Musinguzi says discrimination can be in different forms, like people who are denied work because of their HIV status. Other forms include harassment—inappropriate jokes, insults, name-calling or displays such as a poster or cartoons directed at a person because of their HIV status, etc.
The discrimination that these people face is often, in essence, the way the general community views and values them, it comes from their peers, family members, neighbors and health service providers.
There are a variety of different causes, including ignorance about other people, cultures, ethnicities, backgrounds, lack of empathy for those who may be different from oneself, fear of the unknown and those who are different, and feelings of helplessness and scapegoating others for that feeling.
Activists say many countries have laws against discrimination but it is still a problem in all layers of society in every country in the world. Many countries have and still use discrimination as a way of governing.
Discrimination still affects many people in different environments, from schools to workplaces and hospitals, yet it is everyone’s right to live a full life with dignity regardless of age, gender, sexuality, nationality, ethnicity, skin colour, height, weight, profession, education, and beliefs.
Effects of discrimination.
Experts say discrimination affects especially people living with HIV by adding to the stress they already experience, making it more difficult for them to access HIV treatment and care while at the same time preventing various HIV programs to be offered in a variety of settings.
“Stigma and discrimination remain the single most important barrier to public action, the main reason why too many people are afraid to see a doctor to determine whether they have the disease, or to seek treatment if so,” Positive Men’s Union (POMU) coordinator, Richard Sserunkuuma, says.
He adds, “It makes AIDS the silent killer because people fear the social disgrace of speaking about it, or taking easily available precautions. Discrimination is a chief reason why the AIDS epidemic continues to devastate societies around the world.”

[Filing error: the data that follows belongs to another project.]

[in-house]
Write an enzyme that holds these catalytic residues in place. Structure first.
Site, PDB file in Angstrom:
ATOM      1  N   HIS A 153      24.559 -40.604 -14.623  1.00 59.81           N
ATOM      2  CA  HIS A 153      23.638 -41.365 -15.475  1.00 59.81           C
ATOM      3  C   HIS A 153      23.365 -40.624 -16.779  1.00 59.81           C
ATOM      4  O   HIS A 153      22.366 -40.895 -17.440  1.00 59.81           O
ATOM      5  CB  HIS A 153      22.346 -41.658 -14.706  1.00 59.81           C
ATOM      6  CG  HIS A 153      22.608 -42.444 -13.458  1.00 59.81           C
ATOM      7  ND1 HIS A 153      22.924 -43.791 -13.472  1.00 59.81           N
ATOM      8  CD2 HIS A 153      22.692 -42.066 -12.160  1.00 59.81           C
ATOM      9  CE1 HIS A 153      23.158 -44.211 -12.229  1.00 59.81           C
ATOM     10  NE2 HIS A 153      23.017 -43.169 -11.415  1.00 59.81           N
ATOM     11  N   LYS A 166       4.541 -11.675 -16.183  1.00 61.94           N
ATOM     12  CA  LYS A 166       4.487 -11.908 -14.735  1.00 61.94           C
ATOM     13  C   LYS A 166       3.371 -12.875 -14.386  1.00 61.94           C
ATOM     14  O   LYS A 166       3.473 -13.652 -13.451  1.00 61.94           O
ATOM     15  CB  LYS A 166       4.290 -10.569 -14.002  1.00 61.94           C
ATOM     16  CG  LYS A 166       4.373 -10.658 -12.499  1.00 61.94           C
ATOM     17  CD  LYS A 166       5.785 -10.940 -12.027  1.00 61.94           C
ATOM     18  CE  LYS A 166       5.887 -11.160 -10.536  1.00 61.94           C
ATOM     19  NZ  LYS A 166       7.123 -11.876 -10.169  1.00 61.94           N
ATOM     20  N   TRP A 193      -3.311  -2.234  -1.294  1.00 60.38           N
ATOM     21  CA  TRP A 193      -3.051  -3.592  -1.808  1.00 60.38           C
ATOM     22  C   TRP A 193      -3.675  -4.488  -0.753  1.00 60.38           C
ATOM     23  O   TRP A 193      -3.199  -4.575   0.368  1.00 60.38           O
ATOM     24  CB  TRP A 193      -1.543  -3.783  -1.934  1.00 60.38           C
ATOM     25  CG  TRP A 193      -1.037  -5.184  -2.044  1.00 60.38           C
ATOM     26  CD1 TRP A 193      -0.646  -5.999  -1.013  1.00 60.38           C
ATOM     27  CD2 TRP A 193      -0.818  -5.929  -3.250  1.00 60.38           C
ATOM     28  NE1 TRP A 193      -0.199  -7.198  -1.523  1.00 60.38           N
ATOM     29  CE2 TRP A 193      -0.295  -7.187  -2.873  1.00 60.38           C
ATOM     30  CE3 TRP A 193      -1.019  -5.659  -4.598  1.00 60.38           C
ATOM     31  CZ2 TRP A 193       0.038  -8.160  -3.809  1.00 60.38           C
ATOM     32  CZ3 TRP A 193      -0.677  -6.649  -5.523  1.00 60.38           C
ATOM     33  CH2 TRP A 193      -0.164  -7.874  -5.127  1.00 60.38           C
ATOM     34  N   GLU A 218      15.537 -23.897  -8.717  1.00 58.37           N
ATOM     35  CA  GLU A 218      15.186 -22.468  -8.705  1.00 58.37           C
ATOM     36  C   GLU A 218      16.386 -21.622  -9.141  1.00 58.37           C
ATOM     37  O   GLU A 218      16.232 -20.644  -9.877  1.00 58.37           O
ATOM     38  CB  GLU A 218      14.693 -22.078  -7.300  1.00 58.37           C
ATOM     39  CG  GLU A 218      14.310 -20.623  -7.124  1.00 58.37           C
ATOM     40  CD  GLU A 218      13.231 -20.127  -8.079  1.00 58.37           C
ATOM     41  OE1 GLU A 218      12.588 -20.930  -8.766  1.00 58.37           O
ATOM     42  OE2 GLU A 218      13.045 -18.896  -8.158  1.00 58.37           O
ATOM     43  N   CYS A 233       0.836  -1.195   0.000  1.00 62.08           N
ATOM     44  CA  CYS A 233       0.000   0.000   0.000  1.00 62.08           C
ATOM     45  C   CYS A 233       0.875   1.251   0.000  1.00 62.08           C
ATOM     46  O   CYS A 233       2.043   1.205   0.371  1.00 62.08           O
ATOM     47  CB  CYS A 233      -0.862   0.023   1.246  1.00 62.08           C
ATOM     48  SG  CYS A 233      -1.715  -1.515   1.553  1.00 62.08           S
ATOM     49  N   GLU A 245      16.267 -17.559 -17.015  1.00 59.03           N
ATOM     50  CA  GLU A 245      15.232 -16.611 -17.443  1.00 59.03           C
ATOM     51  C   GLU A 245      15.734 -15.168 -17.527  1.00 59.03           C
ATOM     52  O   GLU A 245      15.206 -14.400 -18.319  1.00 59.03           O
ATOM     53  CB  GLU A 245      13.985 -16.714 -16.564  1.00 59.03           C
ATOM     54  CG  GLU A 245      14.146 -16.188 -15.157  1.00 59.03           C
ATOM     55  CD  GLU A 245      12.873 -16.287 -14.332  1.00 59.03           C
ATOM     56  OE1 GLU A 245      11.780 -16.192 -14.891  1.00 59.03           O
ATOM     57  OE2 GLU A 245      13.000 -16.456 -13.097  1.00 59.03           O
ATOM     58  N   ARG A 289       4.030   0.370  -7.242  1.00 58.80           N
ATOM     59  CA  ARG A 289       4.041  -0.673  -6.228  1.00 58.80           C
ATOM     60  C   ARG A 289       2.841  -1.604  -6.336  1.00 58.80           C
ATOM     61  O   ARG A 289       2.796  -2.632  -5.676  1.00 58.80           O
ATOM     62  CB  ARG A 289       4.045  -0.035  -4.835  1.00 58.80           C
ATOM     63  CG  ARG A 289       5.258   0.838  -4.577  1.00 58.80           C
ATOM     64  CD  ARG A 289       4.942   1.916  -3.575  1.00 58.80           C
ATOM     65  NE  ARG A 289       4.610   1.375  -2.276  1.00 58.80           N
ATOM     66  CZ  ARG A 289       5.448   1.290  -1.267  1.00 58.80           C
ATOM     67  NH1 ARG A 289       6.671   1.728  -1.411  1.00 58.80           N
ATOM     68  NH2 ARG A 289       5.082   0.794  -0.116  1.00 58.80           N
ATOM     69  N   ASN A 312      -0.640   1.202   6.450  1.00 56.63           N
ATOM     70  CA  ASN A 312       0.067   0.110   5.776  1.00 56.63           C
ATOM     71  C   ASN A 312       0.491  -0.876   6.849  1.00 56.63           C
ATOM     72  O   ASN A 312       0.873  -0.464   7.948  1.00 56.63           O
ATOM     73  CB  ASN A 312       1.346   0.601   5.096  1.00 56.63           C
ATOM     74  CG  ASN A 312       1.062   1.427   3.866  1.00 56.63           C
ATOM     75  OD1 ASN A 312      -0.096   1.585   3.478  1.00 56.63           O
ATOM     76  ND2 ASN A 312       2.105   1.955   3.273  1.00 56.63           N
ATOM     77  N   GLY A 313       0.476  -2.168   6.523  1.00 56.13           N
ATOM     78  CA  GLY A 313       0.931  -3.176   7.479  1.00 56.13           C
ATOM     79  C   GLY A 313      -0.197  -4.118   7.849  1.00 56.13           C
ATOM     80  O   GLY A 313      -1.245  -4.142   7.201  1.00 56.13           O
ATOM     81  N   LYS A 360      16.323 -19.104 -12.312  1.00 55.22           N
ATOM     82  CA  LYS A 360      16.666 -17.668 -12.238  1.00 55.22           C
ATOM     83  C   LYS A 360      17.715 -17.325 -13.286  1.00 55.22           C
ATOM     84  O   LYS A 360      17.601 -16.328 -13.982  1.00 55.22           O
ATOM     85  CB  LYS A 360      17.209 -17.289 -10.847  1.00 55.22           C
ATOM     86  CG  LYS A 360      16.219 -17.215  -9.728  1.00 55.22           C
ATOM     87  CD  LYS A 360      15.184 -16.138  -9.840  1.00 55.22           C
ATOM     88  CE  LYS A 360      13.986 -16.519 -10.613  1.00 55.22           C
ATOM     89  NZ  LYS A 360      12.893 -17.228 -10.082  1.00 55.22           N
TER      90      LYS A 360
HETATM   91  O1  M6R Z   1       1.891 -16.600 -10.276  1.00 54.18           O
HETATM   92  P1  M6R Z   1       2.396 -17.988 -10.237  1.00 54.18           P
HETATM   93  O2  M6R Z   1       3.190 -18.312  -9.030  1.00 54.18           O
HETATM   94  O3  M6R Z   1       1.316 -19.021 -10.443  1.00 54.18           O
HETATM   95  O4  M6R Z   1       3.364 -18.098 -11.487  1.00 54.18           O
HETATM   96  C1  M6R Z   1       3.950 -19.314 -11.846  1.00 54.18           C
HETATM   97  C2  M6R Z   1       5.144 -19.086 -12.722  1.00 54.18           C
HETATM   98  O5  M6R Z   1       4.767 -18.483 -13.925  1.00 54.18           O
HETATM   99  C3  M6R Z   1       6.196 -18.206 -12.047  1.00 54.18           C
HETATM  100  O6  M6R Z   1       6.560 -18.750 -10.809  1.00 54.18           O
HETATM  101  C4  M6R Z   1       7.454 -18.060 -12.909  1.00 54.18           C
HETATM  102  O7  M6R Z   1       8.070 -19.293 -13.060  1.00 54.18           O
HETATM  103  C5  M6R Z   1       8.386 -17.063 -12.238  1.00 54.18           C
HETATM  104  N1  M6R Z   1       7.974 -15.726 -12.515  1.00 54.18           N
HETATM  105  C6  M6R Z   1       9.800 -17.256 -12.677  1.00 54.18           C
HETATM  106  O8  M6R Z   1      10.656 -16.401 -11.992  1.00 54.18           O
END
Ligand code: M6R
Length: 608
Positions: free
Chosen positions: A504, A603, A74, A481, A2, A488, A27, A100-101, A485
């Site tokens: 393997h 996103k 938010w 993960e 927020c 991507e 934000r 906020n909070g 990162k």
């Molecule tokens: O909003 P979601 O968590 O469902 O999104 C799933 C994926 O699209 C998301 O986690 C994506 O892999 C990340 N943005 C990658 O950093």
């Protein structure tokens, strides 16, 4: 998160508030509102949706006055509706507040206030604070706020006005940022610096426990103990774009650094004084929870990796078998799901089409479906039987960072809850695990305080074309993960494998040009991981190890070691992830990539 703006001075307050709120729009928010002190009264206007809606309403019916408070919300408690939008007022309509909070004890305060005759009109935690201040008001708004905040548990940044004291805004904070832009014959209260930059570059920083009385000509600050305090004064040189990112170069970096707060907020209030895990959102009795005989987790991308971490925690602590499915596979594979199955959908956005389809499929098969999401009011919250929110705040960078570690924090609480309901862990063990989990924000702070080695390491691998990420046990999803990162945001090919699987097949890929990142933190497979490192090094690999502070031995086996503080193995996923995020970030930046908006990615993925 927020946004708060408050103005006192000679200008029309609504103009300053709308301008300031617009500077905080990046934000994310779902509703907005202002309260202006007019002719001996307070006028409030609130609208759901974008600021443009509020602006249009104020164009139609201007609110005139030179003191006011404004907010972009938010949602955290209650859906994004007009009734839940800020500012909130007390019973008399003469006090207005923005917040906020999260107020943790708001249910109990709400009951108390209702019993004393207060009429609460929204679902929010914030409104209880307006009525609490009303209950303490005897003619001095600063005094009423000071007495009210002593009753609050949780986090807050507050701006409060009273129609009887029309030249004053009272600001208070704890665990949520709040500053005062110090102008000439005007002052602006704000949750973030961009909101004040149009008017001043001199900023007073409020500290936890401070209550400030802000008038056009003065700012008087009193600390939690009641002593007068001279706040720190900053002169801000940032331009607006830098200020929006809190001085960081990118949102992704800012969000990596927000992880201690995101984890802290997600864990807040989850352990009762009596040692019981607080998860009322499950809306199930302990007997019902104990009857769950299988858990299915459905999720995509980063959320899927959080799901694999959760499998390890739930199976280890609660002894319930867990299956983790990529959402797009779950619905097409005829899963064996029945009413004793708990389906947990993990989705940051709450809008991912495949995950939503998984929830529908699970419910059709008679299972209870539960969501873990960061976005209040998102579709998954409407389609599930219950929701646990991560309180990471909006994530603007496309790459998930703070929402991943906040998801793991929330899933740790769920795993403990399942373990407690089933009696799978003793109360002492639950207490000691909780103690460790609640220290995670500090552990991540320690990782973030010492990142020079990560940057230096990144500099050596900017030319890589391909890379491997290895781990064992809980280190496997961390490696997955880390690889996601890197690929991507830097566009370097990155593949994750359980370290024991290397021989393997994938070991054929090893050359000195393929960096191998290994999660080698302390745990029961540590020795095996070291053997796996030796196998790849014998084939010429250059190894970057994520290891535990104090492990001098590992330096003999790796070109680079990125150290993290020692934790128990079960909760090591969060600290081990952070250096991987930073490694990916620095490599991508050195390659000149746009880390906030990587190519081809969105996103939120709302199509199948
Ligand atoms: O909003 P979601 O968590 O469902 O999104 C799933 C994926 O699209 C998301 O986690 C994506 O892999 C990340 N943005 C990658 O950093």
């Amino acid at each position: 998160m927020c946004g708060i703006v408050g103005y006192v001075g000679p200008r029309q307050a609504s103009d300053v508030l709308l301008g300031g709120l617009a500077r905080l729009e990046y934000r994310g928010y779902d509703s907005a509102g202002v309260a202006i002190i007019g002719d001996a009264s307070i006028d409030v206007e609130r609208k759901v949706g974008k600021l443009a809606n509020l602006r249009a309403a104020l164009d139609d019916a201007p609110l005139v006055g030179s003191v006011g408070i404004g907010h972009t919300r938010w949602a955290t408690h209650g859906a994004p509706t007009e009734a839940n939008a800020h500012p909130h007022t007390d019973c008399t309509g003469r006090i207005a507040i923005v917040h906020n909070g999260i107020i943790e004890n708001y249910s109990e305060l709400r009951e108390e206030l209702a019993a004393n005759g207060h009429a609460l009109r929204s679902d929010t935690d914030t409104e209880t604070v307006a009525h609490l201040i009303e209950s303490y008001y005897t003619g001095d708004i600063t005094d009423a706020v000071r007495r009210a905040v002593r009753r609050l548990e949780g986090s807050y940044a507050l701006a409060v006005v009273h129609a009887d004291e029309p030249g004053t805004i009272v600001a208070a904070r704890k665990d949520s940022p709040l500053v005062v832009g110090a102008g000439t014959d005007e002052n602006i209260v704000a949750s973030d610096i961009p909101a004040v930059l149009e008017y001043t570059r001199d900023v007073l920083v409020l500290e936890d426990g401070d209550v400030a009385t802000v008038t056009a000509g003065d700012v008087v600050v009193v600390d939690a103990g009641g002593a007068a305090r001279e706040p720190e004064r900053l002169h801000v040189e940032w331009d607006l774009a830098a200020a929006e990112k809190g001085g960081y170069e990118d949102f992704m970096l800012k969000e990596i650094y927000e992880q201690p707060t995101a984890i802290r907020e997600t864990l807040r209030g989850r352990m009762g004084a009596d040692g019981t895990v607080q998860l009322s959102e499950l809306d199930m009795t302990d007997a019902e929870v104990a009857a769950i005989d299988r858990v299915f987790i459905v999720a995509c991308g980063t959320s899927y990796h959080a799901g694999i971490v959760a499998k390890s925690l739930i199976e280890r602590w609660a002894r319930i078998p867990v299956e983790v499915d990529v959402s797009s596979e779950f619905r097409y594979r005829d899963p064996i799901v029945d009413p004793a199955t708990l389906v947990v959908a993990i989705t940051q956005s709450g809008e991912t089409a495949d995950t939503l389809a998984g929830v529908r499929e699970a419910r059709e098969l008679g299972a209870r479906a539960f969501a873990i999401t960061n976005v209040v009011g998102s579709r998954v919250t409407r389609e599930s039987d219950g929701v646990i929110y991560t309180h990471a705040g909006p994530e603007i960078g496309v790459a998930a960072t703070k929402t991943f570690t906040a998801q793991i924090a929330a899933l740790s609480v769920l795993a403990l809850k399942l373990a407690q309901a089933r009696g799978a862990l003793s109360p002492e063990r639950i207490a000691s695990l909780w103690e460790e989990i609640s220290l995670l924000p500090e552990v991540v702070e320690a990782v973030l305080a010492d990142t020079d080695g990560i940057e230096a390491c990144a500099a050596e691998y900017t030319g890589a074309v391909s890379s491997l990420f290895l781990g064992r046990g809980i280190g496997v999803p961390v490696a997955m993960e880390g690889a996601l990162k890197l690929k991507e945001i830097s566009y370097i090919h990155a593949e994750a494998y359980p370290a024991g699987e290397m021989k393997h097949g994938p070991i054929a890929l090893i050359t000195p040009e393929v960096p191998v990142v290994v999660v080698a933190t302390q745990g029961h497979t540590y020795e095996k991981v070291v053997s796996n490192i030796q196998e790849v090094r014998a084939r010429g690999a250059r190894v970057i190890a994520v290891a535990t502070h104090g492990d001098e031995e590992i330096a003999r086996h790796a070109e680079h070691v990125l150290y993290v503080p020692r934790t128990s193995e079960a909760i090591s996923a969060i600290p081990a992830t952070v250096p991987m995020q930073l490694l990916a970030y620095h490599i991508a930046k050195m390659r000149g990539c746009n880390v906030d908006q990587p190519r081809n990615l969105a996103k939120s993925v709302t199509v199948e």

He stresses discrimination is a barrier to accessing health and community services and prevents the attainment of universal health coverage. It leads to poor health outcomes and hampers the progress and efforts we have made to end the AIDS epidemic and achieve healthy lives for all.
“Discrimination is a violation of human rights. It is illegal, immoral and dehumanizing. To overcome discrimination and the associated challenges we need leadership at the individual, societal and political levels,” says Musinguzi.
What does it feel to be discriminated against?
Peace Baguma, a victim of discrimination, and who has lived with the virus for 25 years, said she was discriminated by her relatives when they leant she was infected, to the extent of throwing away all the utensils she was using.
“They called me a “living dead,” saying anytime I was going to kick the bucket. But today 25 years down the road, I am still kicking and preaching the messages of HIV and AIDS and discrimination,” she says.
Stella Kentusi, ED NAFOPHANU regretted that it is tragic that over 30 years later, stigma and discrimination would continue to be major problems, even in an era where treatment for HIV is more and more accessible, and prevention of HIV is not only more and more possible, it is critical.
“Living with HIV/ Aids does not mean that you don’t have rights to good health, respect, and dignity. We all matter in this world,” Joanita Kawalya
“People living with HIV/ Aids should be given a chance to work and exploit their abilities or be given a certificate that can clearly confirm that they are incapable of performing their duties.